How well those groups take to each other, and specifically what the older side of the equation chooses to do, will help determine our future.
For instance. Edie Gross reports on Church of the Pilgrims in Washington, D.C., which has made big changes in worship to make it more participatory:
“The big shift was from the passive to the participatory,” Krehbiel said. “How do we take worship from something we watch to something we do?”
That’s a question many congregations wrestle with, said the Rev. Susan A. Blain, the minister for faith formation and curator for worship and liturgical arts for the United Church of Christ. An authority on worship, Blain has helped Goff brainstorm about liturgical creativity and is familiar with the changes at Pilgrims. Having laity play a more active role in worship requires courage and commitment from clergy, who must yield some control in order to create a safe environment where the congregation is willing to share what’s happening in their lives, she said.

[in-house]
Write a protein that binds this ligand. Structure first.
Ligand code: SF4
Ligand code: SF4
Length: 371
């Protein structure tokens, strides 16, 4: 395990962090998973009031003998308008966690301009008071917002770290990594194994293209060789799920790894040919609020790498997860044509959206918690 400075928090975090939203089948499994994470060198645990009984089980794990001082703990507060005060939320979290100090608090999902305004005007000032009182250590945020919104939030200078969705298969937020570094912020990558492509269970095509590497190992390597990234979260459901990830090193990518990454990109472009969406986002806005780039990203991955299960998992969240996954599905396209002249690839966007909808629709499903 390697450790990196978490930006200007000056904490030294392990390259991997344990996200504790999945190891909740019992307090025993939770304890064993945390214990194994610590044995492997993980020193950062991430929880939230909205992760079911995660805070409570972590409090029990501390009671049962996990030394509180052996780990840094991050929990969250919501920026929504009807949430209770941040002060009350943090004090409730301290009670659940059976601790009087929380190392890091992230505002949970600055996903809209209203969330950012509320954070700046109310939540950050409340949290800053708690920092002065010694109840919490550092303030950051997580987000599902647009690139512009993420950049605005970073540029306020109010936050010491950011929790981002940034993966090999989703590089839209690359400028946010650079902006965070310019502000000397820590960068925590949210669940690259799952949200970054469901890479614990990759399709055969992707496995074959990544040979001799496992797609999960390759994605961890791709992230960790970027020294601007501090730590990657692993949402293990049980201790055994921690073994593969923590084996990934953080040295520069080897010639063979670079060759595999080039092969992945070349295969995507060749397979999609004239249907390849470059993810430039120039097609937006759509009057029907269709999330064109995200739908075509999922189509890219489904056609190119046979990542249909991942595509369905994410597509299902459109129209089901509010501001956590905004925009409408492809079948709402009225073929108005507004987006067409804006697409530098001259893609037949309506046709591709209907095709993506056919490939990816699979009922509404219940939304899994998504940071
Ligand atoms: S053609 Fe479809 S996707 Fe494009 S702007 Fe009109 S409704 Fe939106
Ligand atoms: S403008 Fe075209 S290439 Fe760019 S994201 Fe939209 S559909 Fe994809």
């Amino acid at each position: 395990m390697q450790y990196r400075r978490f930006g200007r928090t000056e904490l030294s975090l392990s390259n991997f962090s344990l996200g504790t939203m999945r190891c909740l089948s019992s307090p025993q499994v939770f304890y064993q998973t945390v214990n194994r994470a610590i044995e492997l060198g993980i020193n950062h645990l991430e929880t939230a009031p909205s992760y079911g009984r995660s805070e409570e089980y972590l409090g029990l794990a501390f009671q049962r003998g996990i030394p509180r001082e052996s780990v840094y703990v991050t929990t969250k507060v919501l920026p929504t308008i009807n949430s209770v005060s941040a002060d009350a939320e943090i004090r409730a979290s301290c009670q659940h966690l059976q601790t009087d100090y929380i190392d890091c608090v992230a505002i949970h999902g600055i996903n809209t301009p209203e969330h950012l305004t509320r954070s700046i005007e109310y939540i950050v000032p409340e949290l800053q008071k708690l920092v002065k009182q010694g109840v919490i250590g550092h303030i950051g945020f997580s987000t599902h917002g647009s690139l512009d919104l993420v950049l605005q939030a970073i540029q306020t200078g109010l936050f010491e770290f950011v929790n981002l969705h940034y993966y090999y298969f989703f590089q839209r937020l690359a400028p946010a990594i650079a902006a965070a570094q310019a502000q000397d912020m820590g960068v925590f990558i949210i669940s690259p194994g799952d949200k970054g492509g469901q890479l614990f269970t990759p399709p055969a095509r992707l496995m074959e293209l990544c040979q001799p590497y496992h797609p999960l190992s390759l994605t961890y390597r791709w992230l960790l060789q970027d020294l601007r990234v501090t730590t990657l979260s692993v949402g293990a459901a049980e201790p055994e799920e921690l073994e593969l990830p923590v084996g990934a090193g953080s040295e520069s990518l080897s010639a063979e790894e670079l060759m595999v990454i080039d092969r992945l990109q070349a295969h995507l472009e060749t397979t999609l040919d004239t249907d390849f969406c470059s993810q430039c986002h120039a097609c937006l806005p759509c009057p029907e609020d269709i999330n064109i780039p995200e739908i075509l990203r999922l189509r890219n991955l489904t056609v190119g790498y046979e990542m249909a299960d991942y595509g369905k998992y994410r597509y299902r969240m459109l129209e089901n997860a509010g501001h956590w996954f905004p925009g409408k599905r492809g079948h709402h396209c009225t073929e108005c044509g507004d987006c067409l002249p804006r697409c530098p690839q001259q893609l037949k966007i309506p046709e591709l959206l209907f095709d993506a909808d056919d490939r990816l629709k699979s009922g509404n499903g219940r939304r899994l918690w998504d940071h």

“You begin to move away from this passive notion that worship is something that’s received,” Blain said. “It’s not a pastor declaiming something up front. It’s a pastor in the middle of everybody, encouraging whatever the response is, whatever the spirit is.”Imagine if even a few of the things mentioned in this piece--removing pews to be more in the round, having people share their testimonies--were done where you worship. Instead of everyone facing forward taking in (or ignoring) the presentation in front of them, they have a more active part to play. They have ownership of what is happening. Which is what liturgy (which means "work of the people") is meant to be.
My post in picture form. On Monday I wrote about how the practice of "giving up" something for Lent can still be helpful and good. This cartoon sums it up much more simply:
Misc. Elsa Cook on Lady Gaga and activism. Jan Edmiston on how the church could react to the "sonic booms" of the culture. Dan Reiland on the best church growth strategy, which is not about church growth. Gordon Atkinson has retired his Tertium Squid blog, but will keep writing.